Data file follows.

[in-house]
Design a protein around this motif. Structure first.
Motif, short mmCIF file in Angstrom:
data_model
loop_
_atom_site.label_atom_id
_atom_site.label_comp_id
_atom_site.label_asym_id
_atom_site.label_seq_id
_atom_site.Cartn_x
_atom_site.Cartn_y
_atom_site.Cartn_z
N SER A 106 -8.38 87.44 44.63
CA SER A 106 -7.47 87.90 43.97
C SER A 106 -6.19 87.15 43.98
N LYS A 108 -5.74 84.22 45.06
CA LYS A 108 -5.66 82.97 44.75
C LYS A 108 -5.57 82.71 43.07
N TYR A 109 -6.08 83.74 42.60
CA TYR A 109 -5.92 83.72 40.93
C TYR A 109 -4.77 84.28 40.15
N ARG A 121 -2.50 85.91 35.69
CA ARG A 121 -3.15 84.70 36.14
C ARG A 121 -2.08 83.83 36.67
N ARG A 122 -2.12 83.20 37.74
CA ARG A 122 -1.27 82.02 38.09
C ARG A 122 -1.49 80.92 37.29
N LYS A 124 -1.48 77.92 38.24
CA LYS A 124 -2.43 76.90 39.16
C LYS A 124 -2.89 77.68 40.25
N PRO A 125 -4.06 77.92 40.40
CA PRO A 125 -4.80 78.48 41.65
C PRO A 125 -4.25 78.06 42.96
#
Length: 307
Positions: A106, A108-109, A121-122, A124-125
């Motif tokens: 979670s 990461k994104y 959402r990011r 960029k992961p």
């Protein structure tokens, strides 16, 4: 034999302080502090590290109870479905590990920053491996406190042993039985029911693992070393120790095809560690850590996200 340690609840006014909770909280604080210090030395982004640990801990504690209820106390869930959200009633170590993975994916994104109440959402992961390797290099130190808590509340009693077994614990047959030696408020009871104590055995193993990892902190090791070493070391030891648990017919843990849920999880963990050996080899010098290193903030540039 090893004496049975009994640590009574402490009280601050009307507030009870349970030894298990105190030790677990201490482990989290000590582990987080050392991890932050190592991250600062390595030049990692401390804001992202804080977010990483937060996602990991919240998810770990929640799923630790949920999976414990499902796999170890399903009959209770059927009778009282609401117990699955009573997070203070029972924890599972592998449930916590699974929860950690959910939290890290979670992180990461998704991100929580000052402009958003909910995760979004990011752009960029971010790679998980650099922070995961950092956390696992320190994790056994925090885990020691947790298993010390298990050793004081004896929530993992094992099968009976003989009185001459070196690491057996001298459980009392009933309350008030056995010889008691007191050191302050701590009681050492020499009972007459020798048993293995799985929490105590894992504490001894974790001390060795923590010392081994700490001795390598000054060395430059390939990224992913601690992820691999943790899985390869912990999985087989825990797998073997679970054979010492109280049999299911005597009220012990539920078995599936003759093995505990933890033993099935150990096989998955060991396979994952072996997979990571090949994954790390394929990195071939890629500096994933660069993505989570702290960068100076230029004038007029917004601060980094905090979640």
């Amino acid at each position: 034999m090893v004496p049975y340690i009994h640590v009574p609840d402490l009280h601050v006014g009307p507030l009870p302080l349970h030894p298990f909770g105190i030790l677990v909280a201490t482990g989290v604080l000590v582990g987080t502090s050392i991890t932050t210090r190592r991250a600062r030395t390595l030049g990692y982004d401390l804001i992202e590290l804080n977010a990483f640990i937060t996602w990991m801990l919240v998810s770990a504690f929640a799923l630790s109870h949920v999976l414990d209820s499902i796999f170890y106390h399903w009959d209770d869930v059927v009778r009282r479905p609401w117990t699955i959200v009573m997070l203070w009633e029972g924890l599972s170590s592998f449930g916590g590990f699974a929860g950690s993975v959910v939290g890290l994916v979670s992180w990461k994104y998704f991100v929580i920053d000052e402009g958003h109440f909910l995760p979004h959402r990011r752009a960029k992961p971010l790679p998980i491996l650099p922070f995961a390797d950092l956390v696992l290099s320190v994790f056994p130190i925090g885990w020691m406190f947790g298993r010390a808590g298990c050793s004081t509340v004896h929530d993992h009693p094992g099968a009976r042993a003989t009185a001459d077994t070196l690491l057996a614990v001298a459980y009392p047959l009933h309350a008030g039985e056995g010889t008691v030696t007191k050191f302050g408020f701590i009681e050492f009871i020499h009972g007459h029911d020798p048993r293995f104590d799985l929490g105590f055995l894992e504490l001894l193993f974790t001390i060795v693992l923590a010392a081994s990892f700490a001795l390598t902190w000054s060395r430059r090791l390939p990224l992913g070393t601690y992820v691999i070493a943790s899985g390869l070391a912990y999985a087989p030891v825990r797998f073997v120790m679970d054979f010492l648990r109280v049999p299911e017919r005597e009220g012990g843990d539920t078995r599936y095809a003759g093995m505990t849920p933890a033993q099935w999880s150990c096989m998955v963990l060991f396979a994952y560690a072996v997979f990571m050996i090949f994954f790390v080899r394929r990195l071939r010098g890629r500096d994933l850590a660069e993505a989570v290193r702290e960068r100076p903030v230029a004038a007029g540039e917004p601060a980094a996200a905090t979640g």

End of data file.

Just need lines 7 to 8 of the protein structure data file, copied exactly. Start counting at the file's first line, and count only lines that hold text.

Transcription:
_atom_site.label_comp_id
_atom_site.label_asym_id